In the 1998 Olympics in Nagano, Michelle Kwan skated an amazing and beautiful program without apparent effort. You can watch it here:
What touched me most about this performance was what happens at the end. At about 4:58 in this video, while waiting for the judges to put up the scores, Michelle Kwan tells her coach: “It happened so fast.”
After years of preparation, the experience went by in four minutes. No time to savor it. The artist falls out of her dream and back into the ordinary world. No wonder we grieve.
I say we, because we all have a creative side to express. A pie that lingers in the memory, a riot of color in a garden, a word or story that tells us what our lives are about, a bridge that crosses a gorge, or a computer program that delivers the goods: these are all things that exist in the imagination first. And we all grieve because no matter the kind, all beauty is transient.
Elizabeth Gilbert’s iconic TED talk about creativity is about this experience of being visited by creative genius.
Daphne Gray-Grant’s recent connection between figure skating and writing sent me down this rabbit hole of Olympic YouTube videos. She writes about competition, practice, taste, critique, and hard work that are common to both writing and figure skating. I’d like to add Elizabeth Gilbert’s transcendence to her list.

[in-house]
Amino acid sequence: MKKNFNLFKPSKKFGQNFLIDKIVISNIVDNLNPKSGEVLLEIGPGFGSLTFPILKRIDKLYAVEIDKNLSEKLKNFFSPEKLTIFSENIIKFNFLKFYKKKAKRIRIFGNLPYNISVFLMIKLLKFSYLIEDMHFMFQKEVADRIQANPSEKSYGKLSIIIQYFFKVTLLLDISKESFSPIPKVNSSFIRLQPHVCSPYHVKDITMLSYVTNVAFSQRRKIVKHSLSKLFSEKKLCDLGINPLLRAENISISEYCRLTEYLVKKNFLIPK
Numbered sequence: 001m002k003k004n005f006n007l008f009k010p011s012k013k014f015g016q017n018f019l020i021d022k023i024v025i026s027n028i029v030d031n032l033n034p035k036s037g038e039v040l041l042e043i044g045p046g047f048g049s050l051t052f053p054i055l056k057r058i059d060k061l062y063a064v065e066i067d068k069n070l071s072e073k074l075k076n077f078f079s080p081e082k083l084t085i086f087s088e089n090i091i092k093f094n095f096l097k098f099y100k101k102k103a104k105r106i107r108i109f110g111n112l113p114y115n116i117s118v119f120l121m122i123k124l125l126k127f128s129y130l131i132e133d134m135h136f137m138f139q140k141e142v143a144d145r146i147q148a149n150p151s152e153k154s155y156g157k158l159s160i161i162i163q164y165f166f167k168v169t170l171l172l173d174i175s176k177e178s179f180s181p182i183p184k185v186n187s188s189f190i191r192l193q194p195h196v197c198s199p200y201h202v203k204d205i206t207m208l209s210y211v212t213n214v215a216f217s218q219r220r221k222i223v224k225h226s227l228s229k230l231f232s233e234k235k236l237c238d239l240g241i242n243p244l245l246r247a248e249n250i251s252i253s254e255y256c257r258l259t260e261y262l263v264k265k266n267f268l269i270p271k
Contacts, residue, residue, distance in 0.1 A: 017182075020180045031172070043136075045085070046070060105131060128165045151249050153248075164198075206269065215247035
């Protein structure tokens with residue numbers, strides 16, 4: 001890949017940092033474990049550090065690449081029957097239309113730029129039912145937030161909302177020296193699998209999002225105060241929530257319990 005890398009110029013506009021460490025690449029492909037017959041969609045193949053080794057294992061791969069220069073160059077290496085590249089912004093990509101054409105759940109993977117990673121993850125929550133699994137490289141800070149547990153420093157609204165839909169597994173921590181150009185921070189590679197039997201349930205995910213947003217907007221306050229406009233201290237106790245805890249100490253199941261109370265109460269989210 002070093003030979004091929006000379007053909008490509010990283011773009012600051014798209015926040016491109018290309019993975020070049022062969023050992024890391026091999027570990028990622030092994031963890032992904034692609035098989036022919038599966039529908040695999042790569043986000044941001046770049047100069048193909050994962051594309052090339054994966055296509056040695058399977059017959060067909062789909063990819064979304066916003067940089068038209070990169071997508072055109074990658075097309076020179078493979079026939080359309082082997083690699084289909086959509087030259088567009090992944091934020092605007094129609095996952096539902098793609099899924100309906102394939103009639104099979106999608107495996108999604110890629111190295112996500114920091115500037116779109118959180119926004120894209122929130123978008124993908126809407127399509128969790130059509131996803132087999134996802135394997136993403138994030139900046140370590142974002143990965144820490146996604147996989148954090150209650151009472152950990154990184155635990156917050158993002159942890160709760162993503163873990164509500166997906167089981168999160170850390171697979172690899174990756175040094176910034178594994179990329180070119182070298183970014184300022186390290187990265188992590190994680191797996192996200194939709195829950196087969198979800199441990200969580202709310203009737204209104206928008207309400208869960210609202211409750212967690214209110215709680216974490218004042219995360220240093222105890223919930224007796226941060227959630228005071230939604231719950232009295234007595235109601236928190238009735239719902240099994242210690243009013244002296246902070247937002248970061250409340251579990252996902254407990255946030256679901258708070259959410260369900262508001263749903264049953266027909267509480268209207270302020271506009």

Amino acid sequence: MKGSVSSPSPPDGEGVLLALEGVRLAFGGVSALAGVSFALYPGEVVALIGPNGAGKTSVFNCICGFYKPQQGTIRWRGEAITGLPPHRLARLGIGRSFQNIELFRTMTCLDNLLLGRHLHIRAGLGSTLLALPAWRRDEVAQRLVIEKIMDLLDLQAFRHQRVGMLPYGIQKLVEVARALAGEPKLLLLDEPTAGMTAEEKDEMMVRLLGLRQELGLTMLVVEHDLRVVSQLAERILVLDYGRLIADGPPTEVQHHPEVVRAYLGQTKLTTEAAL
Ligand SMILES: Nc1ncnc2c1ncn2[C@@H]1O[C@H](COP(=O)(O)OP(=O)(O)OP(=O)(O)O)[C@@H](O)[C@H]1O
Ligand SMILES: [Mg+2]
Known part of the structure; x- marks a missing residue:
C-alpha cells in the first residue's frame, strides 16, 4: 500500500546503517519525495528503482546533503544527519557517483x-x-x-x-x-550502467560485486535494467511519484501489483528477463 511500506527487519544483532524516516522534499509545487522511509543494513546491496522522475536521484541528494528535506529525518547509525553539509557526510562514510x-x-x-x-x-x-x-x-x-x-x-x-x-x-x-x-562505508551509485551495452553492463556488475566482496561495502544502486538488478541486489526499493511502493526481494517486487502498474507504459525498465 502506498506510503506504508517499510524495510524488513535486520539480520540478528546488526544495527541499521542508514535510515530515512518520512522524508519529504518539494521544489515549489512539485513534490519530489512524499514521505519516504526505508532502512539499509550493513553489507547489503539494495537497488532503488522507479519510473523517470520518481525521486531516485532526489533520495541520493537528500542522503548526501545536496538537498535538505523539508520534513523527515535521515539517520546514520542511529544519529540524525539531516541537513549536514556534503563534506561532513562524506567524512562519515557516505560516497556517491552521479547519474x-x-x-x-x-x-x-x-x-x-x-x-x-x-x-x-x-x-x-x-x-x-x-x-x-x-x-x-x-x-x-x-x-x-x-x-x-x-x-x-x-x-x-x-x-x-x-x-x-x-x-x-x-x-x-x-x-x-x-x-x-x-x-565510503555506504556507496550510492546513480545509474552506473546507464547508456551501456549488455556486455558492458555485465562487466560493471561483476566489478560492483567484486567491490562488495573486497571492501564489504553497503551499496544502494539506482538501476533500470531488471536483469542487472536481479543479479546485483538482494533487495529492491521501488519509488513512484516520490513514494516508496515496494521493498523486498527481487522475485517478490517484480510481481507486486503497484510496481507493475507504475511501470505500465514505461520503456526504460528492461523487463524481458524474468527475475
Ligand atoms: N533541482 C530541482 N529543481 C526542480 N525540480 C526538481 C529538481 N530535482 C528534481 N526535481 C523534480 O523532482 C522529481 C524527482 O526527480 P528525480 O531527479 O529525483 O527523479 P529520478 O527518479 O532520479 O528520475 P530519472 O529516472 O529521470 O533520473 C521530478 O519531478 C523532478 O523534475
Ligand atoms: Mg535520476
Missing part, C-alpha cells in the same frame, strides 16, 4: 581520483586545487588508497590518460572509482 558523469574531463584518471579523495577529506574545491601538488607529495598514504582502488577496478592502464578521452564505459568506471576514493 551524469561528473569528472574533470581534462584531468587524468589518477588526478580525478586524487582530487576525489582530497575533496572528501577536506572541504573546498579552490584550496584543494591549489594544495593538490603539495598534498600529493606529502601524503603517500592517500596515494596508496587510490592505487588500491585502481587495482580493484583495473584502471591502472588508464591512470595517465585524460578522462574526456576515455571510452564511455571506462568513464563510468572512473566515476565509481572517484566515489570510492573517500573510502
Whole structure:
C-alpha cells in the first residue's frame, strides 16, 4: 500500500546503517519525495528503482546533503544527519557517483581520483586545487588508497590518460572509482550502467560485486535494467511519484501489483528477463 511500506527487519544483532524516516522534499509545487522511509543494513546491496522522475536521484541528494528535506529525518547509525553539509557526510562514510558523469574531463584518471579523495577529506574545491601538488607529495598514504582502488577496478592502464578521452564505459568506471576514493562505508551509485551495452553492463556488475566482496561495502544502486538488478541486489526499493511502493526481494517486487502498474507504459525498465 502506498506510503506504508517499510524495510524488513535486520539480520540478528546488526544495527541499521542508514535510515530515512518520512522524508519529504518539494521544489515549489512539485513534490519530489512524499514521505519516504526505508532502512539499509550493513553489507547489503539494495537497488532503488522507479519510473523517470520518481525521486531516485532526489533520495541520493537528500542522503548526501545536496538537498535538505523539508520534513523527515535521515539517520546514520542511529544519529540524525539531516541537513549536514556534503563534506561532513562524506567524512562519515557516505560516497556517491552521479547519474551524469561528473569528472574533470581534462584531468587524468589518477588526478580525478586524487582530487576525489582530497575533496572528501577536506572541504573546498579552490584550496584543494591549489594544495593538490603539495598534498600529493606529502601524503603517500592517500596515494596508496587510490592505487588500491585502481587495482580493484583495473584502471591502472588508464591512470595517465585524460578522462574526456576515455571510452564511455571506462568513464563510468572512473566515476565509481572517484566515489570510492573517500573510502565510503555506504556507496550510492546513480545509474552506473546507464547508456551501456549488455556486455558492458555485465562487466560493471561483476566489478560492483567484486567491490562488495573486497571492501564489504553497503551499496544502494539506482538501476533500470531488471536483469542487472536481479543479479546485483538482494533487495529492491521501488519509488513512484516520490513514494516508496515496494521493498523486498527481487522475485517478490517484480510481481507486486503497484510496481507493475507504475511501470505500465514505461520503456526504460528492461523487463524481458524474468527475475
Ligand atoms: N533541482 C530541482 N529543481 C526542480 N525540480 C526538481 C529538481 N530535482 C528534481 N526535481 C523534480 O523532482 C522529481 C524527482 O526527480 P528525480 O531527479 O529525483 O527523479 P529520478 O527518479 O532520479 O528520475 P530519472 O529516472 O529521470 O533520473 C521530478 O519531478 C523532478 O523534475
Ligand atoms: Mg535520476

All of this argues for enjoying the practice and hard work that lead up to transcendent moments when we think: “It happened so fast.”
As unreliable as the creative process may be, it’s our source for moments of clarity, connection, joy, or insight. The few moments in my life when I’ve experienced unexpected ability in some tiny way were both puzzling and addicting. The natural question is: “How can I make that work like that again?” The answer is probably: “I have no idea” AND “Practice.”
Michelle Kwan’s masterful performance makes me want to practice more. Not so I can achieve at her level, but so I can achieve at whatever level I can. I take joy in the routine work, not just the impossible hope that I might be ready if called on.
Questions for you: Are you inspired by Michelle Kwan’s performance? Is figure skating like any creative work that you do? What do you think about Elizabeth Gilbert’s ideas about genius and creativity?
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